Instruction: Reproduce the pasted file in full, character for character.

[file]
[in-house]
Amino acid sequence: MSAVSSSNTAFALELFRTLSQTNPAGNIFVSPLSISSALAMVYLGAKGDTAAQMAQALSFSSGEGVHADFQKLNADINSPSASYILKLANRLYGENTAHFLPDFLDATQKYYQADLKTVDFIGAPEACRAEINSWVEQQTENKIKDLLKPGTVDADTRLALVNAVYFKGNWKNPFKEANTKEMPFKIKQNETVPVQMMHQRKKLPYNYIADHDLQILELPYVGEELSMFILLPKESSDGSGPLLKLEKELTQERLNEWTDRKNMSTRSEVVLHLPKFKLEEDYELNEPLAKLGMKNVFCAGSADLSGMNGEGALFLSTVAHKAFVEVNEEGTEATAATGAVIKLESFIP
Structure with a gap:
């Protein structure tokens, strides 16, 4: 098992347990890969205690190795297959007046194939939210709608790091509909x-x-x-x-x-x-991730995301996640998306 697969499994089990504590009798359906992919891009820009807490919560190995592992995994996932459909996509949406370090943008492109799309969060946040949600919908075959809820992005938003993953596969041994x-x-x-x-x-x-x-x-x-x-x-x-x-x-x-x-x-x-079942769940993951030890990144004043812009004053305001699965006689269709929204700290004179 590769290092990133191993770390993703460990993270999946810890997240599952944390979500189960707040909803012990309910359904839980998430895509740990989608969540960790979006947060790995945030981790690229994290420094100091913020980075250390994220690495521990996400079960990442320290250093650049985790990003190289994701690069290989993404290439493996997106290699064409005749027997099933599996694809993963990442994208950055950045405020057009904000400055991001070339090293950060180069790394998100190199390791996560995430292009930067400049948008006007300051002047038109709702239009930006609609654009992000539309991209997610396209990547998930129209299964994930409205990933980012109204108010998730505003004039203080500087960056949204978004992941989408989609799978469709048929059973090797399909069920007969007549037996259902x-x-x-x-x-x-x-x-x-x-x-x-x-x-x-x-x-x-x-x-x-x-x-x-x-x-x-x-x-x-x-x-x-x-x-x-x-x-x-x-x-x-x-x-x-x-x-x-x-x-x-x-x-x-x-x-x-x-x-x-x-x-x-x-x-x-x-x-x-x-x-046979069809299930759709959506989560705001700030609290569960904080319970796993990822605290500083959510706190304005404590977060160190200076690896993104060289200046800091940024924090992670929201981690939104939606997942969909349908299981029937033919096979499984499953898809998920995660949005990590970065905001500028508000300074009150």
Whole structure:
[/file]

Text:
[in-house]
Amino acid sequence: MSAVSSSNTAFALELFRTLSQTNPAGNIFVSPLSISSALAMVYLGAKGDTAAQMAQALSFSSGEGVHADFQKLNADINSPSASYILKLANRLYGENTAHFLPDFLDATQKYYQADLKTVDFIGAPEACRAEINSWVEQQTENKIKDLLKPGTVDADTRLALVNAVYFKGNWKNPFKEANTKEMPFKIKQNETVPVQMMHQRKKLPYNYIADHDLQILELPYVGEELSMFILLPKESSDGSGPLLKLEKELTQERLNEWTDRKNMSTRSEVVLHLPKFKLEEDYELNEPLAKLGMKNVFCAGSADLSGMNGEGALFLSTVAHKAFVEVNEEGTEATAATGAVIKLESFIP
Structure with a gap:
């Protein structure tokens, strides 16, 4: 098992347990890969205690190795297959007046194939939210709608790091509909x-x-x-x-x-x-991730995301996640998306 697969499994089990504590009798359906992919891009820009807490919560190995592992995994996932459909996509949406370090943008492109799309969060946040949600919908075959809820992005938003993953596969041994x-x-x-x-x-x-x-x-x-x-x-x-x-x-x-x-x-x-079942769940993951030890990144004043812009004053305001699965006689269709929204700290004179 590769290092990133191993770390993703460990993270999946810890997240599952944390979500189960707040909803012990309910359904839980998430895509740990989608969540960790979006947060790995945030981790690229994290420094100091913020980075250390994220690495521990996400079960990442320290250093650049985790990003190289994701690069290989993404290439493996997106290699064409005749027997099933599996694809993963990442994208950055950045405020057009904000400055991001070339090293950060180069790394998100190199390791996560995430292009930067400049948008006007300051002047038109709702239009930006609609654009992000539309991209997610396209990547998930129209299964994930409205990933980012109204108010998730505003004039203080500087960056949204978004992941989408989609799978469709048929059973090797399909069920007969007549037996259902x-x-x-x-x-x-x-x-x-x-x-x-x-x-x-x-x-x-x-x-x-x-x-x-x-x-x-x-x-x-x-x-x-x-x-x-x-x-x-x-x-x-x-x-x-x-x-x-x-x-x-x-x-x-x-x-x-x-x-x-x-x-x-x-x-x-x-x-x-x-x-046979069809299930759709959506989560705001700030609290569960904080319970796993990822605290500083959510706190304005404590977060160190200076690896993104060289200046800091940024924090992670929201981690939104939606997942969909349908299981029937033919096979499984499953898809998920995660949005990590970065905001500028508000300074009150």
Whole structure: